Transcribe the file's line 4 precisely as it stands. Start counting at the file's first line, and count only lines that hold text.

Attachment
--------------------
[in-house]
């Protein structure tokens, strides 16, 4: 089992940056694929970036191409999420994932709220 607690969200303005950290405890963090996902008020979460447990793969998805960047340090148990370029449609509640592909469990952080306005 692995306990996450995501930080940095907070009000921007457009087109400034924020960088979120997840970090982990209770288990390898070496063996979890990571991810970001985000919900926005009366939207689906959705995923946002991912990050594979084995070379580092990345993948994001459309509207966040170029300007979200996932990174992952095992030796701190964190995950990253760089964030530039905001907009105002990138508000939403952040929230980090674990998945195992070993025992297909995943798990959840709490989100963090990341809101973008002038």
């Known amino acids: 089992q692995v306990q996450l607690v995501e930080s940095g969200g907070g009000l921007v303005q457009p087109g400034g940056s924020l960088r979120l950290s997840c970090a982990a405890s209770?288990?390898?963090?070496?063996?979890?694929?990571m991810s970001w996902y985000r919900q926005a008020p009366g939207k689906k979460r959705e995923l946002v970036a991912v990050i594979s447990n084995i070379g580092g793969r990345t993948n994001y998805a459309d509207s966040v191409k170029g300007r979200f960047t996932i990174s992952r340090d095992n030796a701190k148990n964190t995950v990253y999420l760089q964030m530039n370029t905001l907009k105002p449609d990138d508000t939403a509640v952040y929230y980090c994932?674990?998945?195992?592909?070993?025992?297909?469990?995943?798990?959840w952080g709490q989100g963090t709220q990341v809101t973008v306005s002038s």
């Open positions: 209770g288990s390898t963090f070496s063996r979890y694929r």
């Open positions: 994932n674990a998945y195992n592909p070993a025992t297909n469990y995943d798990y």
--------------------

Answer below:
């Open positions: 209770g288990s390898t963090f070496s063996r979890y694929r």